Paris in the spring (sorry)
Every year I receive an invitation from the European Institute of Golf Course Architects to attend its annual conference.
It is, you can probably imagine, a humbling experience for me to be rubbing shoulders with people who actually know what they are talking about with regards to golf courses.
Nevertheless, I have yet to be completely exposed as the total fraud that I am, and so they keep kindly inviting me back.
They even asked me address the conference when it was held at North Berwick a few years ago. Imagine?!
That was was the closest I’ve come to being outed as utterly clueless, because after my speech on how I rank/assess golf courses, the EIGCA decided it might be a good idea to do a Q&A.
It was actually a lot of fun, but thankfully just when I was being mildly heckled by one architect, we ran out of time.
Three more minutes of the interrogation and I was about to give the pre-agreed signal to Jeremy Ellwood of despised rivals Golf Monthly (joking) to smash the glass and set off the fire alarm in the very likely event of me being out of my depth.
Fortunately then-President Tom Mackenzie called a halt to proceedings, thus avoiding the need for the Macdonald Hotel North Berwick to be entirely evacuated because a golf course writer was floundering in front of people who actually know stuff.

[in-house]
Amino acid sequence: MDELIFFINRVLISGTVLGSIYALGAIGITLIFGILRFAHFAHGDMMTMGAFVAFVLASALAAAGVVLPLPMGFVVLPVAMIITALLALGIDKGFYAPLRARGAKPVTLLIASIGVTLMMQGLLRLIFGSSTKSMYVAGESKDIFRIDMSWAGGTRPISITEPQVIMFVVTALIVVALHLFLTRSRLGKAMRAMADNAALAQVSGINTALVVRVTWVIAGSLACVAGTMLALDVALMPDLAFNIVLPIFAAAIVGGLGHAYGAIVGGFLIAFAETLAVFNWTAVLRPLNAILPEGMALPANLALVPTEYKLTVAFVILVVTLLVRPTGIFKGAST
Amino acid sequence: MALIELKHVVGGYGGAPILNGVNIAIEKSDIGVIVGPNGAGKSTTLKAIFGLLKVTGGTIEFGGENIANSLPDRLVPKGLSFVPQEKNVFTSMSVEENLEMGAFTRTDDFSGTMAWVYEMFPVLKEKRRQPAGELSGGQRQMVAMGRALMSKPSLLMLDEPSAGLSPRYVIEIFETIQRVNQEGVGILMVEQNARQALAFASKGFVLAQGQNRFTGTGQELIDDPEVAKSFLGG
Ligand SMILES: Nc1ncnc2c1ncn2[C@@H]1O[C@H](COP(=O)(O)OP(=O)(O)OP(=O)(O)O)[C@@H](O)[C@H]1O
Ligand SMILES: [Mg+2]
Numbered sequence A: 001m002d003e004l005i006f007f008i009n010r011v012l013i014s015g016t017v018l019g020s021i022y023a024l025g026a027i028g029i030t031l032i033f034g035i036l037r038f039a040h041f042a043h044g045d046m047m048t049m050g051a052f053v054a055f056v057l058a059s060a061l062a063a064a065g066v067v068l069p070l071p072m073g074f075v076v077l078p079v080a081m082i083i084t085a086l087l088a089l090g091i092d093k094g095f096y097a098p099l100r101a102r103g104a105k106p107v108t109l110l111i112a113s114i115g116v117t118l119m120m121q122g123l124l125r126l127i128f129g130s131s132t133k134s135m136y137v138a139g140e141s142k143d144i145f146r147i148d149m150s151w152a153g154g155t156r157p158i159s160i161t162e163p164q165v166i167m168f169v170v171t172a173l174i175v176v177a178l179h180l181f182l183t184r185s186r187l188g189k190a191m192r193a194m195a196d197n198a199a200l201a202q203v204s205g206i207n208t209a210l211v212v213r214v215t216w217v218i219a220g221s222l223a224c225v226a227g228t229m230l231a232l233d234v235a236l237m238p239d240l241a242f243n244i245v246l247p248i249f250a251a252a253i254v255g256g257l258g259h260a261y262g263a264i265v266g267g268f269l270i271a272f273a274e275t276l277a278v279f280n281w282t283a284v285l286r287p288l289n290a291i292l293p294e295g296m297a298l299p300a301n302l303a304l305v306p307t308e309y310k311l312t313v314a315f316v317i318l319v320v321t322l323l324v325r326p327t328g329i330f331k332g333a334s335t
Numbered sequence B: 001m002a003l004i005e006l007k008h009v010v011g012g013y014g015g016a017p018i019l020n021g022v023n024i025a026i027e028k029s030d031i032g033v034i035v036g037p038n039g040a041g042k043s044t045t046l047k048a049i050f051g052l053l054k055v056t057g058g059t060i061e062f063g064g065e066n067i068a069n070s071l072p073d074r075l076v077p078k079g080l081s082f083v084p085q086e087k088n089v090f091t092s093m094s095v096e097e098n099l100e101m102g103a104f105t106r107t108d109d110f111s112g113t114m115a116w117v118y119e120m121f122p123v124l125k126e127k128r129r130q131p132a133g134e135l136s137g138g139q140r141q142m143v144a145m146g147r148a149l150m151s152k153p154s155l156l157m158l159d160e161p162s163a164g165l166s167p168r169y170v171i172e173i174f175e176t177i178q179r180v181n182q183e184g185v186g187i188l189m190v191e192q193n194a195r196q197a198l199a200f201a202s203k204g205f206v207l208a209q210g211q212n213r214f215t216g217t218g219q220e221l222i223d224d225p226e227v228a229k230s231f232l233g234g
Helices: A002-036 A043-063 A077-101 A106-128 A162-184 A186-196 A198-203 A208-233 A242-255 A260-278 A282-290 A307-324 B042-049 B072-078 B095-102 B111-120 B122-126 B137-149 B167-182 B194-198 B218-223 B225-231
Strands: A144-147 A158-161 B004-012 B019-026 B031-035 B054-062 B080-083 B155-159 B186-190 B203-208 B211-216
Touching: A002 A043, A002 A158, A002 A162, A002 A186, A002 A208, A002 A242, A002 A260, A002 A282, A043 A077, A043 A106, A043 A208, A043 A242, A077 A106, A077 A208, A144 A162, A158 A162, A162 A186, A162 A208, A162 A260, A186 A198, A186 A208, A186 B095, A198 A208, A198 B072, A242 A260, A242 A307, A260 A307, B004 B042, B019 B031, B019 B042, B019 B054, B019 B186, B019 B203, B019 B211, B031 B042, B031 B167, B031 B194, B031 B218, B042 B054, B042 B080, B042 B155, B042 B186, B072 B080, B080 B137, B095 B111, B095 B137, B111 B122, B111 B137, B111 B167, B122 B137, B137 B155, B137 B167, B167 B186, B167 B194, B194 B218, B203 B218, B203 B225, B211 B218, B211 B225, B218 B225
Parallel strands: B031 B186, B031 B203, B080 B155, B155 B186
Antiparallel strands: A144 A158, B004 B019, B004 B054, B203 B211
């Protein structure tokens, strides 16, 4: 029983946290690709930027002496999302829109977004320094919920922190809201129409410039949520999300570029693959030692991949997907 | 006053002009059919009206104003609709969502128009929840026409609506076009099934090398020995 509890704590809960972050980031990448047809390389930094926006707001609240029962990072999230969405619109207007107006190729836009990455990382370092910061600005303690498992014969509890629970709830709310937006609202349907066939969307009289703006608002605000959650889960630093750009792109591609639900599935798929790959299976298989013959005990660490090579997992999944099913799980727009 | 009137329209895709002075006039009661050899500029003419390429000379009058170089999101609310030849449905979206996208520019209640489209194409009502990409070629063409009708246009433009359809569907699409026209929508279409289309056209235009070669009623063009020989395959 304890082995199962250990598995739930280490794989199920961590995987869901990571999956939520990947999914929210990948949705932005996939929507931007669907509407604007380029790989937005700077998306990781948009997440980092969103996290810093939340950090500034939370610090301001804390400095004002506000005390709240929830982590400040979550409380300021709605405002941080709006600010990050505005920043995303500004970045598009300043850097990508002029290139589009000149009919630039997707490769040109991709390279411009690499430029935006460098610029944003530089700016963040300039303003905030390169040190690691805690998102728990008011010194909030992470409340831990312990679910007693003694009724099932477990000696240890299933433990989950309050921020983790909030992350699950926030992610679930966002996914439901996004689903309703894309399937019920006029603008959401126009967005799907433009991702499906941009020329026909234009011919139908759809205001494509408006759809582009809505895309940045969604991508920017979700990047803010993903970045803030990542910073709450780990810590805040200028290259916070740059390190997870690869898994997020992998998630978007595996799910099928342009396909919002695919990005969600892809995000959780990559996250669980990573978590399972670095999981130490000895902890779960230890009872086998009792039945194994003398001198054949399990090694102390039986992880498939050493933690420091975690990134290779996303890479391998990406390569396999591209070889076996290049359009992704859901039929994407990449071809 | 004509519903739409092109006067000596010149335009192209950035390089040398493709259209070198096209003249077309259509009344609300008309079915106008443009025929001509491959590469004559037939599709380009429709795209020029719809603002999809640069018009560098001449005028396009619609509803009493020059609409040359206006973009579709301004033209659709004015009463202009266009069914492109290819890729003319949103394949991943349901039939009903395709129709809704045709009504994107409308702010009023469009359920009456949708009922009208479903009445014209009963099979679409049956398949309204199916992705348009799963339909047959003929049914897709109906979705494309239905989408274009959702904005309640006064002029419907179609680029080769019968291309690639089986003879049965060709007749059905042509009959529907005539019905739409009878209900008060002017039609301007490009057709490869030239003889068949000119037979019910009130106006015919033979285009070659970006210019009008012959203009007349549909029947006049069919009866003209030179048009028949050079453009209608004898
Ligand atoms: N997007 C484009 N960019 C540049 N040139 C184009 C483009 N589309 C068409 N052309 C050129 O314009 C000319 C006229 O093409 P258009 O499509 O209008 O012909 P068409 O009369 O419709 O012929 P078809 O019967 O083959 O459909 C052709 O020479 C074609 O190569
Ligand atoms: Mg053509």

This year it was in Paris, and the week is a happy mix of playing golf (this year at classic Harry Colt design Saint Germain and Ryder Cup venue Le Golf National) plus drinks receptions, dinners, and on the main day, listening to leaders in their field – and me – address the conference.
As well as architects there are also lots of ‘partners’ such as irrigation firms, landscaping people and so on.
I’m not going to pretend to you it’s Ministry of Sound meets Ibiza, but it is a thoroughly enjoyable and enlightening week.
What always amazes me is that the room is full of competitors – architect vs. architect, irrigation firm vs. irrigation firm and so on – yet the atmosphere is brilliant.
Obviously there are those who everyone knows are busier than others in their field at that particular time, but I have never detected a ounce of envy or bitchiness.
Mind you, they do have a behind-closed-doors session on one morning so that could be like a scene from Fight Club for all I know.
Anyway, roll on next year – there is some talk it may be South Wales’ turn to host – and congratulations to friend of this column Tim Lobb for his elevation to vice president of the EIGCA.